Matthew Brady. Harriet Goodhue Hosmer, 1857. Fogg Art Museum, Harvard University Art Museums, Cambridge, MA. From National Portrait Gallery, Washington, D.C. Matthew Brady's Portraits (website)
b. 1830, Watertown, Massachusetts; d. 1908, Watertown, Massachusetts
American-born sculptor Harriet Hosmer lived and worked in Rome from 1852 until 1900. There, she thrived in a community of expatriate artists and writers, mostly women, who frequented the salon of actress Charlotte Cushman. A lesbian and a staunch feminist, Hosmer worked in a polished Neoclassical style, generally depicting idealized mythological figures, especially female characters known for their strength and courage, such as Zenobia, the Queen of Palmyra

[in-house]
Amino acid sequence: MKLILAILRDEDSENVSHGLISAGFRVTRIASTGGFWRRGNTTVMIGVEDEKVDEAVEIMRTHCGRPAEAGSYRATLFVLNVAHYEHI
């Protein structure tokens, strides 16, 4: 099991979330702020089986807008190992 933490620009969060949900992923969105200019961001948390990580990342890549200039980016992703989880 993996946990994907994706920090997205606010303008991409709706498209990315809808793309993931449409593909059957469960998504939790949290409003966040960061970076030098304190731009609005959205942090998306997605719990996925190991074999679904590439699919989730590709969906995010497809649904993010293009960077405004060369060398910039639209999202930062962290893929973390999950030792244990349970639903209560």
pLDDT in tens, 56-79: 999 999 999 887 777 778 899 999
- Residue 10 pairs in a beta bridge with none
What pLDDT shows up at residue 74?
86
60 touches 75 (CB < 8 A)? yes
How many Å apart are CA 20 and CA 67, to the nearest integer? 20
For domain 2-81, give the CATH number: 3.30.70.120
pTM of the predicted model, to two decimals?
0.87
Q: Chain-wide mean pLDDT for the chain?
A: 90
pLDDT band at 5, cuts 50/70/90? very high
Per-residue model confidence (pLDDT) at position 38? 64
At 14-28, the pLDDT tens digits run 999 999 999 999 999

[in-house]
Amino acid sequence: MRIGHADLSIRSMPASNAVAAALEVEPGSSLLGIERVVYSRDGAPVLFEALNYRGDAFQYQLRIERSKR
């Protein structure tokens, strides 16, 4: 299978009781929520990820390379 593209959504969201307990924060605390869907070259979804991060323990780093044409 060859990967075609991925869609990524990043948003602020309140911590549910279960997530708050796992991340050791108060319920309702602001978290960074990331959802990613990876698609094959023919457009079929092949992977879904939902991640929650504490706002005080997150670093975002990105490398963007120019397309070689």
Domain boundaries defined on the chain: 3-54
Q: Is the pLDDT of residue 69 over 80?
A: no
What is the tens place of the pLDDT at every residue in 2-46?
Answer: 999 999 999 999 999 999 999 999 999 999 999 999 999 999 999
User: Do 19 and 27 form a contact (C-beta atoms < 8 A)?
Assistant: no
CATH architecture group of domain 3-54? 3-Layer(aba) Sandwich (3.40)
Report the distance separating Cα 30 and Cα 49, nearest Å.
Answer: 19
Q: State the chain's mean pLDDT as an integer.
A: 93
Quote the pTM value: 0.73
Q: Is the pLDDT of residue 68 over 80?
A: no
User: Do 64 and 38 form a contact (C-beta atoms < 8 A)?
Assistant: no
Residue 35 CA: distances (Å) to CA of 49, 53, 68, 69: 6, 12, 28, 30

(circa 1857). She was one of the most successful artists of the Rome group—which included Anne Whitney and Edmonia Lewis
—and was able to support herself comfortably from the sale of her works.
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